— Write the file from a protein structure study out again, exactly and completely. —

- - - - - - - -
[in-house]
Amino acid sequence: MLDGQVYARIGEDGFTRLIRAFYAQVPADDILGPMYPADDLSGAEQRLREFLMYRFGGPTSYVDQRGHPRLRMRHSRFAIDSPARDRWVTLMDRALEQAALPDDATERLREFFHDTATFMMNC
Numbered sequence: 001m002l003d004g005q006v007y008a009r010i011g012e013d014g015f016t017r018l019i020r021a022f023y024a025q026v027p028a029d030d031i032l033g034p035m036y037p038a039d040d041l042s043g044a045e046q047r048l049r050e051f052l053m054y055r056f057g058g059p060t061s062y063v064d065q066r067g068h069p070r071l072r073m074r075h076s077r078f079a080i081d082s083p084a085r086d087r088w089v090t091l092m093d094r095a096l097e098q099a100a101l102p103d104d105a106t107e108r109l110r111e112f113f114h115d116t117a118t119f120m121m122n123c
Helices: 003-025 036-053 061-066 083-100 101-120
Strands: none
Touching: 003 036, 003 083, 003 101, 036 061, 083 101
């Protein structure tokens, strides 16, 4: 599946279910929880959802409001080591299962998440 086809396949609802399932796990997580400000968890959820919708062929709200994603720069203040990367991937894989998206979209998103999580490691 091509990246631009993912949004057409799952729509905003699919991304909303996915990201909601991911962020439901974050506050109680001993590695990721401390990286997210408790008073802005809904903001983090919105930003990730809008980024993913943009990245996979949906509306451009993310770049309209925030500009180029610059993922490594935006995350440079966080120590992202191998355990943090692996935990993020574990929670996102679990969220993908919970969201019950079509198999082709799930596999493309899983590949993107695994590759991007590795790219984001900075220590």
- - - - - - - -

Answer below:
[in-house]
Amino acid sequence: MLDGQVYARIGEDGFTRLIRAFYAQVPADDILGPMYPADDLSGAEQRLREFLMYRFGGPTSYVDQRGHPRLRMRHSRFAIDSPARDRWVTLMDRALEQAALPDDATERLREFFHDTATFMMNC
Numbered sequence: 001m002l003d004g005q006v007y008a009r010i011g012e013d014g015f016t017r018l019i020r021a022f023y024a025q026v027p028a029d030d031i032l033g034p035m036y037p038a039d040d041l042s043g044a045e046q047r048l049r050e051f052l053m054y055r056f057g058g059p060t061s062y063v064d065q066r067g068h069p070r071l072r073m074r075h076s077r078f079a080i081d082s083p084a085r086d087r088w089v090t091l092m093d094r095a096l097e098q099a100a101l102p103d104d105a106t107e108r109l110r111e112f113f114h115d116t117a118t119f120m121m122n123c
Helices: 003-025 036-053 061-066 083-100 101-120
Strands: none
Touching: 003 036, 003 083, 003 101, 036 061, 083 101
């Protein structure tokens, strides 16, 4: 599946279910929880959802409001080591299962998440 086809396949609802399932796990997580400000968890959820919708062929709200994603720069203040990367991937894989998206979209998103999580490691 091509990246631009993912949004057409799952729509905003699919991304909303996915990201909601991911962020439901974050506050109680001993590695990721401390990286997210408790008073802005809904903001983090919105930003990730809008980024993913943009990245996979949906509306451009993310770049309209925030500009180029610059993922490594935006995350440079966080120590992202191998355990943090692996935990993020574990929670996102679990969220993908919970969201019950079509198999082709799930596999493309899983590949993107695994590759991007590795790219984001900075220590």